Though Chelsea are among a group of teams who have discussed Ayre's position, the club support collective bargaining. Chelsea and Arsenal have been advocates of the Liverpool view in the past. It would require 14 of the league's 20 members to vote for individual bargaining.

Ayre's position, which would not have been put forward without FSG's blessing, reveals the new owners' boldness in trying to shake up Liverpool's commercial fortunes. Chairman Tom Werner has refloated the 39th game idea and, with Liverpool's £184m revenues in the last financial year dwarfed by United's £286.4m, Ayre, whose side meet United at Anfield on Saturday, admitted that Old Trafford's vastly greater capacity – it secures United match-day income of £106.8m against Liverpool's £45.7m – was a problem.

"We are 30,000 seats behind our biggest competitor and that's worth a lot of money," Ayre said. Only a naming rights partner will render viable the stadium earmarked for Stanley Park, but Ayre said "a small group of people" worldwide were potentially willing to invest millions in the idea that a new commercial name for the iconic Anfield would catch on.

"It's very difficult to put a time on it," Ayre said. "Because if... you go into a room and say: 'We'd like this much money but we need the answer by the end of December', you then start to marginalise your value, because they say: 'OK, these guys are desperate to do a deal'. We're not desperate. We've got an amazing product, one of the biggest clubs in the world, and I don't recall any club of this size, with this international reach, that's ever done a naming rights deal."

A year ago today, Ayre was at the High Court, with his predecessor Christian Purslow and Martin Broughton, the former British Airways chairman hired to sell the club, winning a High Court action effectively giving them the right to sell Liverpool to FSG, even though the former American owners secured a dramatic, 11th-hour restraining order. Ayre revealed that he, Purslow and Broughton are all still being pursued individually for £1m by Hicks and Gillett, who claim that they were denied the right to repay Liverpool's debts to prevent the sale.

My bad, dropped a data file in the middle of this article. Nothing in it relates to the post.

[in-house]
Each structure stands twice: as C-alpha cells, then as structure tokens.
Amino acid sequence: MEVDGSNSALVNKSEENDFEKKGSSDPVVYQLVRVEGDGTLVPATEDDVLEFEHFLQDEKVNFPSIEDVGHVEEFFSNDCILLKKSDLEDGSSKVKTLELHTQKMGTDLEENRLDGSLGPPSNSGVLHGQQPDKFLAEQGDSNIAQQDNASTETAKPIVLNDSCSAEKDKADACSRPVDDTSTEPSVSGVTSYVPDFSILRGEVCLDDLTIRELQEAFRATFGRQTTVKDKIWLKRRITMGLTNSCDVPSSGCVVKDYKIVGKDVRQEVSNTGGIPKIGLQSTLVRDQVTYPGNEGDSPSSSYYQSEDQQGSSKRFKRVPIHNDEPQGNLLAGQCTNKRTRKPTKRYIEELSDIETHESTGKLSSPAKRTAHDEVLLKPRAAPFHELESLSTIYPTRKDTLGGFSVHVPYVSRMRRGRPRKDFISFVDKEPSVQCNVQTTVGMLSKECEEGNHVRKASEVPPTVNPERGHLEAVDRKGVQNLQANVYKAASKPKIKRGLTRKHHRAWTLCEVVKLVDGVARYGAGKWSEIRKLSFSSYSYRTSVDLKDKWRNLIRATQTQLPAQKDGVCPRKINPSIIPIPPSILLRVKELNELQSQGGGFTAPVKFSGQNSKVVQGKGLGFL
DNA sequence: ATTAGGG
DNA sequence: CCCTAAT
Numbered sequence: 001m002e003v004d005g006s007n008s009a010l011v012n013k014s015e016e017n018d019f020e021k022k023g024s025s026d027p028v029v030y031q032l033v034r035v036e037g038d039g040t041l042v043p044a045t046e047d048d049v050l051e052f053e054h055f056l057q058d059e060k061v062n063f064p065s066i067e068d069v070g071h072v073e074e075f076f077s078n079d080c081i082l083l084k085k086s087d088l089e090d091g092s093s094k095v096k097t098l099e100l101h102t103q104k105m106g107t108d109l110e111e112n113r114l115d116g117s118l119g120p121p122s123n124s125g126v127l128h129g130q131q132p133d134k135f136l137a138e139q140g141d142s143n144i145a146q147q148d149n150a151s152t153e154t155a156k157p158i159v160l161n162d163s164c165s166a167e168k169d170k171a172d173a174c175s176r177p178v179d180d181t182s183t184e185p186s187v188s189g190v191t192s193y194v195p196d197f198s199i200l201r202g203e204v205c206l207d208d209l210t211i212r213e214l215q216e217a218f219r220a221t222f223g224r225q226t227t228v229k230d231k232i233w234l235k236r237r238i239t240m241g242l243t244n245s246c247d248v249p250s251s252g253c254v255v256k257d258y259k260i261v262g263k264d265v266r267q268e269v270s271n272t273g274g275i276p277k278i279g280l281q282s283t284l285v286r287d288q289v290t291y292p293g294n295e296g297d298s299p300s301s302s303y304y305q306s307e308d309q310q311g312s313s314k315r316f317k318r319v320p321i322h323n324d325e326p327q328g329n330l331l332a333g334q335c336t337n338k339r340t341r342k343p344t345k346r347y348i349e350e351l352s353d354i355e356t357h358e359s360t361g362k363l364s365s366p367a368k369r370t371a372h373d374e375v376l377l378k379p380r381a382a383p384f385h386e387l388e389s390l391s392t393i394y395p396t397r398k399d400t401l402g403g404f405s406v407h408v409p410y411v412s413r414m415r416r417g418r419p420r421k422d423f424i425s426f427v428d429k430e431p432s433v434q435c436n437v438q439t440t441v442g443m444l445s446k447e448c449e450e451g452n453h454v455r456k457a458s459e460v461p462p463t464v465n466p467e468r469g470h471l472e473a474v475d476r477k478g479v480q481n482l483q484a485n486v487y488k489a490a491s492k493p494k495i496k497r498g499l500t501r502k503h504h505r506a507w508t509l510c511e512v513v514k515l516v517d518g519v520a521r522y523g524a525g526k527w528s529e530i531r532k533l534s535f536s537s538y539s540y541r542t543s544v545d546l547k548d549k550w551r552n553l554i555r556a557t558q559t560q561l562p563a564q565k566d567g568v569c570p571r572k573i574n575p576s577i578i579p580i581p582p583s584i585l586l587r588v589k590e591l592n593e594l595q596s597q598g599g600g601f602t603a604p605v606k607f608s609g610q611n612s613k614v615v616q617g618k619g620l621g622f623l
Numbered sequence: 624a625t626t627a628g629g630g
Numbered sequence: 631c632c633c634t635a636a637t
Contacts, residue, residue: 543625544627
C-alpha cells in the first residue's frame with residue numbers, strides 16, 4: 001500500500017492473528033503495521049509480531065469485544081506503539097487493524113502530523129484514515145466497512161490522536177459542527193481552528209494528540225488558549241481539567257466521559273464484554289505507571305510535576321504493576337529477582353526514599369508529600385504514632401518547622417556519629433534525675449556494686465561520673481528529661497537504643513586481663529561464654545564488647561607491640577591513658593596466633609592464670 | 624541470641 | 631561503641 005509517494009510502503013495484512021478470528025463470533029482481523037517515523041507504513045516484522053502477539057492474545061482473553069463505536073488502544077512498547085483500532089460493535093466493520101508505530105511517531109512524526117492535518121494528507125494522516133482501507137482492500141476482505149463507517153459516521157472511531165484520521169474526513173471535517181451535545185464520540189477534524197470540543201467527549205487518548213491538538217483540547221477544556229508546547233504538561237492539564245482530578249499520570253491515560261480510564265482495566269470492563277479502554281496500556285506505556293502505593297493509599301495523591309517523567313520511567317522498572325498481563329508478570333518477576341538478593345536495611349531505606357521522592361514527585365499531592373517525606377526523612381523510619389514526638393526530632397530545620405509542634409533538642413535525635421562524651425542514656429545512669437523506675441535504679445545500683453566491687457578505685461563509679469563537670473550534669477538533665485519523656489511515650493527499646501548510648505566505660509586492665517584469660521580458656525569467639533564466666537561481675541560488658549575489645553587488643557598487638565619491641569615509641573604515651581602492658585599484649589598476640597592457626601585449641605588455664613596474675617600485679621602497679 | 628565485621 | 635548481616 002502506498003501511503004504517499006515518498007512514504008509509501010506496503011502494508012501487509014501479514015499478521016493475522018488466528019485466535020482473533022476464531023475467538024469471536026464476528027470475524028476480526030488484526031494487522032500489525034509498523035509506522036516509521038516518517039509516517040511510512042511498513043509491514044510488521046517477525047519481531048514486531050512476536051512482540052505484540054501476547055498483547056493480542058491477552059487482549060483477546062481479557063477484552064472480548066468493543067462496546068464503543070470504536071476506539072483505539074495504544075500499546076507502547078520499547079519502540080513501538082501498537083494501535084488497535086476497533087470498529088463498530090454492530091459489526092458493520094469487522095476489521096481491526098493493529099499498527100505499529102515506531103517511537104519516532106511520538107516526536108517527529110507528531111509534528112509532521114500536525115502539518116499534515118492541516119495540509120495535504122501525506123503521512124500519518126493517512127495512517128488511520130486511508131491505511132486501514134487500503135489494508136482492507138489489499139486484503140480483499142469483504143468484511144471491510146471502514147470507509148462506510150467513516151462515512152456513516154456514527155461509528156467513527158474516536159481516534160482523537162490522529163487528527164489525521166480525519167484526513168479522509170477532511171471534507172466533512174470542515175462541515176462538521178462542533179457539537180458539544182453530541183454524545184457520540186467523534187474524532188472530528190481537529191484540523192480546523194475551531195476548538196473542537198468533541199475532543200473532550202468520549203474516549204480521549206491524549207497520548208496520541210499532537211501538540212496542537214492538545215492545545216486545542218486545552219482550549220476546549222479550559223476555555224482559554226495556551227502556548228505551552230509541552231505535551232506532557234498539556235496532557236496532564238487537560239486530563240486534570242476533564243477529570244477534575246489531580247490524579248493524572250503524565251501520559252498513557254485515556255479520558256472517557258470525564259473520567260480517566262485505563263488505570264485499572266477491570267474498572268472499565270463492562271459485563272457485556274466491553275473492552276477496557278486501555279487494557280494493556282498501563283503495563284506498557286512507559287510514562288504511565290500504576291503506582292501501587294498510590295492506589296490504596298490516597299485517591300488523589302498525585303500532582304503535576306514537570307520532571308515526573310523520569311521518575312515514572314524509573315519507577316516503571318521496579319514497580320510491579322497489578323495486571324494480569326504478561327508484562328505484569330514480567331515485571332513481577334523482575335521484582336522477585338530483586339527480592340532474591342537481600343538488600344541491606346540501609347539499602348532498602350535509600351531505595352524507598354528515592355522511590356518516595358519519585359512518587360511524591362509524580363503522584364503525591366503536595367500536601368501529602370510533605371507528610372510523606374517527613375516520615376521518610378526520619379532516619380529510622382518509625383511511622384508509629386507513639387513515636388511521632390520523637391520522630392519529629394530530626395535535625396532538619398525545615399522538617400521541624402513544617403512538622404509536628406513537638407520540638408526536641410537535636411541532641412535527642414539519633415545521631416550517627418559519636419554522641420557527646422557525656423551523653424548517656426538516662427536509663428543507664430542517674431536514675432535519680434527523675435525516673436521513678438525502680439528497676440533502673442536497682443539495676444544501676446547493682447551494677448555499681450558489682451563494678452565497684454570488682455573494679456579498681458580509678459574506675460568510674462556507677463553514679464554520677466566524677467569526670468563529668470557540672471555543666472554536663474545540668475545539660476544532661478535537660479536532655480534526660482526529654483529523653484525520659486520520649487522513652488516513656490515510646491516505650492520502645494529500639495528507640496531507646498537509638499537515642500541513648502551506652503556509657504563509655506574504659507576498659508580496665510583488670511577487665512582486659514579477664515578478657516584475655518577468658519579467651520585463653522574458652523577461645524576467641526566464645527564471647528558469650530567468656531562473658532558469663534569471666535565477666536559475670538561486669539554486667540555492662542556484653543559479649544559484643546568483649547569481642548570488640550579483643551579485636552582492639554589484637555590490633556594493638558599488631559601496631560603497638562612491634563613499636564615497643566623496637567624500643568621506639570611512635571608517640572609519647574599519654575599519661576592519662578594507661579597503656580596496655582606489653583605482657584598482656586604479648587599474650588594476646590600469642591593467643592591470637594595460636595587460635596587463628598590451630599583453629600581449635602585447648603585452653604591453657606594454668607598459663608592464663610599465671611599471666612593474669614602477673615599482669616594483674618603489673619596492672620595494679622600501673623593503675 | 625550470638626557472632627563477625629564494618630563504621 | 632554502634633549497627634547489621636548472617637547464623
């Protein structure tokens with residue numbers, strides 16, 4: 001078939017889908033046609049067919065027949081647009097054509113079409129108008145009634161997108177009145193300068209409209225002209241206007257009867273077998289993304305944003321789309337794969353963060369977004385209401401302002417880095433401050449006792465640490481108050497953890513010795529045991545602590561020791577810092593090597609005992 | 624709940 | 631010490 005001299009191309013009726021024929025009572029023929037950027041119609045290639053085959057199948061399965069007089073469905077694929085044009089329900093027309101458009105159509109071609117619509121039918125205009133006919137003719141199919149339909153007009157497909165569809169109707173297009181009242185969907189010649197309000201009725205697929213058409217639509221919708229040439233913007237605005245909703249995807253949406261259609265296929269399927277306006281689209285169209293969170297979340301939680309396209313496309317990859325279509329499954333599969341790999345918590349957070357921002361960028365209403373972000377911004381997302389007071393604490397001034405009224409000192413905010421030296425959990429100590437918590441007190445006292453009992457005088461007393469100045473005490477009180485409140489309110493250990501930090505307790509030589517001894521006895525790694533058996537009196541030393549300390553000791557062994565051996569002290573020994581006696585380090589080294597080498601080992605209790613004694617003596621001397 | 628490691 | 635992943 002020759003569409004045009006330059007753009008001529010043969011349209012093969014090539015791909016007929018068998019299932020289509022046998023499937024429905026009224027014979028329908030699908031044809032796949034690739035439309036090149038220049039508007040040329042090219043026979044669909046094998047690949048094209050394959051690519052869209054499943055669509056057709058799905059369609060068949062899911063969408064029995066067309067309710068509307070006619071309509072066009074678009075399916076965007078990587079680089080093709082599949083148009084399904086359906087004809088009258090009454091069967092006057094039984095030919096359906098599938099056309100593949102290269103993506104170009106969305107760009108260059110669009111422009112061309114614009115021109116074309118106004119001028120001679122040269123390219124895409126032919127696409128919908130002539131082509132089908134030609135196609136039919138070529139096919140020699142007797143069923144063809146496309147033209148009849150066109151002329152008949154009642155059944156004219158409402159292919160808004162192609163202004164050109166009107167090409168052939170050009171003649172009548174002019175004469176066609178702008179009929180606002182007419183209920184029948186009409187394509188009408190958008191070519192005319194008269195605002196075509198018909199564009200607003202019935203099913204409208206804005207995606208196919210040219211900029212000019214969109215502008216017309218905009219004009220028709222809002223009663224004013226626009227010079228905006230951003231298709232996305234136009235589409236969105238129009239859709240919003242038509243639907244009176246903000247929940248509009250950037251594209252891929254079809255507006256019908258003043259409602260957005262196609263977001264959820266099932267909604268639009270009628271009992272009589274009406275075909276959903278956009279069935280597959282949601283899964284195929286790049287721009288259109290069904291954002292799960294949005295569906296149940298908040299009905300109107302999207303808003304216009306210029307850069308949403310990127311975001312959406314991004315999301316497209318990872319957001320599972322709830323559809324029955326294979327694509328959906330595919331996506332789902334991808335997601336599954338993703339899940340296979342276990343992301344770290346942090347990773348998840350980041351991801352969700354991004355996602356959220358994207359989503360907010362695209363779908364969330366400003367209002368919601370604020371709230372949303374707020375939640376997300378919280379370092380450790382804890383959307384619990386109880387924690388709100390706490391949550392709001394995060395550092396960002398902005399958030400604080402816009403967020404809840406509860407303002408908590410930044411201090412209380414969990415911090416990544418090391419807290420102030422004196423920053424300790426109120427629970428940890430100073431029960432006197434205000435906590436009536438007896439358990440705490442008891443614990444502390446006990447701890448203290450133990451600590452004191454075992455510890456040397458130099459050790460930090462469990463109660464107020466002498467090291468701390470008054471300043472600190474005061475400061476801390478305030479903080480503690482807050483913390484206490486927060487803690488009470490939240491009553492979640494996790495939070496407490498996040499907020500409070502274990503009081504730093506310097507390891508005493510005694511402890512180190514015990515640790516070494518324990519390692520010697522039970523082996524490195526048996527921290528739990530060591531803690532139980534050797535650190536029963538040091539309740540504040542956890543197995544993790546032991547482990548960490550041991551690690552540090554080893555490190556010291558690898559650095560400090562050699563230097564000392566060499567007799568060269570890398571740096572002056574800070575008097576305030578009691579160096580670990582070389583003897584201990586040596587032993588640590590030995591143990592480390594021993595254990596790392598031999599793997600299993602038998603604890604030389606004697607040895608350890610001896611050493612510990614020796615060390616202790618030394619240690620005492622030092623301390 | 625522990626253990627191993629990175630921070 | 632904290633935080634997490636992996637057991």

Ayre revealed that the most vivid moment of the extraordinary High Court scenes – which saw Anthony Grabiner QC being cheered along The Strand – came from the direction of the press gallery. "A group of Liverpool fans were up there, the judge came out and said, 'I'm sorry, you'll have to leave from there, it's a health and safety issue' and [somebody] up there said: 'Can we appeal against that?" he recalled.

Ayre, whose new owners have spent £71m since January, said Liverpool would have gone into administration had the case not been won and added that football should learn the lesson of the kind of highly leveraged buy-out which so devastated Liverpool. "There are lessons for people coming into football," he said. "They should understand not only the business effect but the effect on subculture and the fan base. As we saw, it had a very damaging effect on people."